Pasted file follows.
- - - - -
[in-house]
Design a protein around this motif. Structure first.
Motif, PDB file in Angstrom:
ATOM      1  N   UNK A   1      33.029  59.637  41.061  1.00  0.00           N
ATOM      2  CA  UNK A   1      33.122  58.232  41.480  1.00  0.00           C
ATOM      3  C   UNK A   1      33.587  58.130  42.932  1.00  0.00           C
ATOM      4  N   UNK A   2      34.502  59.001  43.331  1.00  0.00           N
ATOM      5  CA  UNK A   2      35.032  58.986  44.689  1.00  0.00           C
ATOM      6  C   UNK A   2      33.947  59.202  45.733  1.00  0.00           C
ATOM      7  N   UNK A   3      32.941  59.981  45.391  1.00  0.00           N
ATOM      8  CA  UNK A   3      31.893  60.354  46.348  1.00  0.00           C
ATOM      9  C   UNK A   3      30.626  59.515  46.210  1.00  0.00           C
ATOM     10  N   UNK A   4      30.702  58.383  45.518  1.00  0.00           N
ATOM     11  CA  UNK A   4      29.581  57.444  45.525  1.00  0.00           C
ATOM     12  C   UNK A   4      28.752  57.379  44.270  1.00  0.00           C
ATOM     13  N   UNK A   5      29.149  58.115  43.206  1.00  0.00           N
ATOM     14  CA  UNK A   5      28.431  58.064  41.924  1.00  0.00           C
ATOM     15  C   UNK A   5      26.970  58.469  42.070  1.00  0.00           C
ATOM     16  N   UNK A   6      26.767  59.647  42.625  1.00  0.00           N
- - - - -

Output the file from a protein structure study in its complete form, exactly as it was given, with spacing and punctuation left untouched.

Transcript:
[in-house]
Design a protein around this motif. Structure first.
Motif, PDB file in Angstrom:
ATOM      1  N   UNK A   1      33.029  59.637  41.061  1.00  0.00           N
ATOM      2  CA  UNK A   1      33.122  58.232  41.480  1.00  0.00           C
ATOM      3  C   UNK A   1      33.587  58.130  42.932  1.00  0.00           C
ATOM      4  N   UNK A   2      34.502  59.001  43.331  1.00  0.00           N
ATOM      5  CA  UNK A   2      35.032  58.986  44.689  1.00  0.00           C
ATOM      6  C   UNK A   2      33.947  59.202  45.733  1.00  0.00           C
ATOM      7  N   UNK A   3      32.941  59.981  45.391  1.00  0.00           N
ATOM      8  CA  UNK A   3      31.893  60.354  46.348  1.00  0.00           C
ATOM      9  C   UNK A   3      30.626  59.515  46.210  1.00  0.00           C
ATOM     10  N   UNK A   4      30.702  58.383  45.518  1.00  0.00           N
ATOM     11  CA  UNK A   4      29.581  57.444  45.525  1.00  0.00           C
ATOM     12  C   UNK A   4      28.752  57.379  44.270  1.00  0.00           C
ATOM     13  N   UNK A   5      29.149  58.115  43.206  1.00  0.00           N
ATOM     14  CA  UNK A   5      28.431  58.064  41.924  1.00  0.00           C
ATOM     15  C   UNK A   5      26.970  58.469  42.070  1.00  0.00           C
ATOM     16  N   UNK A   6      26.767  59.647  42.625  1.00  0.00           N